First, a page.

Portland resident Matthew Cooper has been hanging around the peripheries of the ambient electronica, neoclassical and post-rock scenes for a few years now. He's released five albums of music under the Eluvium moniker which were as hazy and nebulous as the nominal boundaries between those scenes themselves. Moving from the minimalist piano pieces of 2003’s debut album An Accidental Memory In Case Of Death through the treated guitar drones of 2005’s Talk Amongst The Trees, to the grander orchestral arrangements of 2007’s Copia, the tools of Eluvium’s trade might have changed over the years, but the contemplative atmosphere has always remained the same. That was something made apparent by last year's vinyl-only retrospective box set Life Through Bombardment which, for those prepared to put themselves through the whole thing, was as peaceful and purifying an experience as spending a week in a religious retreat. But whilst Cooper’s tours with the likes of Explosions In The Sky and Mono – and his recent soundtrack to American indie flick Some Days Are Better Than Others – might have introduced Cooper to a few people outside of these cloisters, most of his records still seem destined to cause little more than a ripple. That almost apt, since many of them actually sound as glassy and still as a pond... ‘Glassy’ also describing the shadow of Philip Glass – alongside those other ambient icons like Erik Satie and Brian Eno – who hangs so heavily over his work.
For Similes however, Cooper has raised his voice in an attempt to be heard. Quite literally, given that this is the first Eluvium record to feature Cooper singing on what might tentatively be called ‘songs’. This has raised a degree of consternation amongst fans of his earlier works – insomuch as people whose musical preference is for meditative ambient can actually get annoyed – yet it’s hardly as if Cooper has sold out and become some chest-beating balladeer here. As soft and whispering as the music around them, Cooper’s vocals on tracks like the opening ‘Leaves Eclipse The Light’ or ‘The Motion Makes Me Last’ sound as timorous as Kurt Wagner trying not to disturb the mice in a monastery. Both also include percussion – another new addition to Eluvium’s palette – although the featherlight patters playing under Cooper’s crystalline ivories more resemble someone gently stroking a typewriter in the distance than anything you could even nod your head to.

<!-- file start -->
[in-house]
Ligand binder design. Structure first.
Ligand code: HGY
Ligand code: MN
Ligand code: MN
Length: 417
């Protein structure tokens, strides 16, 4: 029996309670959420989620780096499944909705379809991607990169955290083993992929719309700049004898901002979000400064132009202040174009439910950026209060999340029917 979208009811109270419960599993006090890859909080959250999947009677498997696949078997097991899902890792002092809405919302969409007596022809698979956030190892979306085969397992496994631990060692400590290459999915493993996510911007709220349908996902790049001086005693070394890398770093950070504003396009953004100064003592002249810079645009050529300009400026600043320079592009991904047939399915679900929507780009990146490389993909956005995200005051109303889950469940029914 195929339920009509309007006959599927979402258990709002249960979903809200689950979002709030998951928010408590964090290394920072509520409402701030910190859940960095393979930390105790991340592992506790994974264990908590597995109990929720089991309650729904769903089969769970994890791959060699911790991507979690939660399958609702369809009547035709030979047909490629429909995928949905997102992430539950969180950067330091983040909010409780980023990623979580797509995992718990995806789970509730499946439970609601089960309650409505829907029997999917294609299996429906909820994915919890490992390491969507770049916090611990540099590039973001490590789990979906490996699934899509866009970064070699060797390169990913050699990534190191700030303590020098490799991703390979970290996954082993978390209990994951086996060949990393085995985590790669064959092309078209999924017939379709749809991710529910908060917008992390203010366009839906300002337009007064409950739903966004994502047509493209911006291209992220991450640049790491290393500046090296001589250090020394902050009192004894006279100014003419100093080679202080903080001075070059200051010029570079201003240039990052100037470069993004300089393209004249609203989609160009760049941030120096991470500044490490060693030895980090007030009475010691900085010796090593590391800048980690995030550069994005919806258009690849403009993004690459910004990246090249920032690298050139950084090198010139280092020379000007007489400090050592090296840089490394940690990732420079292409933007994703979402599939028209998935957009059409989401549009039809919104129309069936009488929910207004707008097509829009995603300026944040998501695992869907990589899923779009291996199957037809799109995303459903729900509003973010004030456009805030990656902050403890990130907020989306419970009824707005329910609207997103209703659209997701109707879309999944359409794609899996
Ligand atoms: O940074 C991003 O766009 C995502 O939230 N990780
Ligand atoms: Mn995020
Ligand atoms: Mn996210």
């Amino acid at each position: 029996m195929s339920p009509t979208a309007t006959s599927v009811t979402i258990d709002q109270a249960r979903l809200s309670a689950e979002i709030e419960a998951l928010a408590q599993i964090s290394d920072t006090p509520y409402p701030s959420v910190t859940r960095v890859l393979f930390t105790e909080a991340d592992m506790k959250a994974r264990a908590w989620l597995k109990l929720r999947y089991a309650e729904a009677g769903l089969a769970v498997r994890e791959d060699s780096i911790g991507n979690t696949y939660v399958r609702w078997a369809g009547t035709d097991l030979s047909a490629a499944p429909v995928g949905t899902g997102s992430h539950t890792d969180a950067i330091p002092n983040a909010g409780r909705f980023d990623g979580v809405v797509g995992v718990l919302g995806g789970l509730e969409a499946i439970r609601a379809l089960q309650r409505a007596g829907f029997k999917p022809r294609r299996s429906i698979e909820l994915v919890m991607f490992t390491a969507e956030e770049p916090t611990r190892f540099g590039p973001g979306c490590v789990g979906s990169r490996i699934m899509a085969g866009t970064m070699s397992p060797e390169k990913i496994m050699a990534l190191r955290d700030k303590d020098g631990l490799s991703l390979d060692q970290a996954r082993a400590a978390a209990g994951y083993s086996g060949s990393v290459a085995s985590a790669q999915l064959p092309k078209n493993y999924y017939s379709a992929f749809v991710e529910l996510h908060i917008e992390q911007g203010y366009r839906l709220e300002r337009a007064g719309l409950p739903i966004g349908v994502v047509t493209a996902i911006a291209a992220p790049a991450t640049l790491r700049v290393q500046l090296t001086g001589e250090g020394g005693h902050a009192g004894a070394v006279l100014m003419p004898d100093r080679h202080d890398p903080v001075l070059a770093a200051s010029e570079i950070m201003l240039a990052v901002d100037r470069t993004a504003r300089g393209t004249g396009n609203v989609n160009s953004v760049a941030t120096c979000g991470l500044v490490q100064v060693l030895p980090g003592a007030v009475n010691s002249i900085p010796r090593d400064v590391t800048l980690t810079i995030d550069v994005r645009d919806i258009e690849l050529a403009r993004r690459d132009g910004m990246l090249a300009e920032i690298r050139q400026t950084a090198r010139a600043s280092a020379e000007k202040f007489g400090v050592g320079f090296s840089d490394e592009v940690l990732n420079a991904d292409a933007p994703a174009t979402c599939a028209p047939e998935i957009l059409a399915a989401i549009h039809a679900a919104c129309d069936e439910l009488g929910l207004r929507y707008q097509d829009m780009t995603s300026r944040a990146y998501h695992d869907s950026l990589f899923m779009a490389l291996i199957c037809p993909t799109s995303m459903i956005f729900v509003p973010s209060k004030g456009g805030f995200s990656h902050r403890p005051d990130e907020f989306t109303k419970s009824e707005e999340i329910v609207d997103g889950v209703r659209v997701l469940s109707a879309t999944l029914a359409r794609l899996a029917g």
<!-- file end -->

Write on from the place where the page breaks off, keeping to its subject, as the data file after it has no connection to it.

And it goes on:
Still, whilst those tracks and the likes of ‘Weird Creatures’ – which features Cooper’s solemn and practically inaudible intonations over serene electronics and a piano motif which rises and falls like a proscenium arch – are hardly as catchy as Ke$ha, they’re still positively hummable compared to the instrumental passages which comprise much of the rest of this album. Yet even though ‘In Culmination’ or ‘Nightmare Five’ have an almost complete absence of hooks or even conventional melody – the former being a simple shimmering zephyr of piano and the latter being even more intangible, essentially a slowly fluctuating drone so evanescent you’re not even sure it’s actually there – it’s them rather than Cooper’s stabs at songwriting to which you’re more likely to return. And it’s the closing ‘Cease To Know’ which makes it most clear where Cooper’s talents lie; initially beginning with his barely-there vocals, the track really reaches its best when they fade away entirely and it slowly, beautifully and weightlessly billows and eventually evaporates for the final five minutes. Not that the songs on Similes are a creative dead end for Cooper by any means. But that expansive and slightly melancholy tone which has always been at the core of his music does feel slightly constrained when he tries to squeeze it into a verse chorus verse structure: the best moments on Similes come when he simply lets it wander free.
7Paul Clarke's Score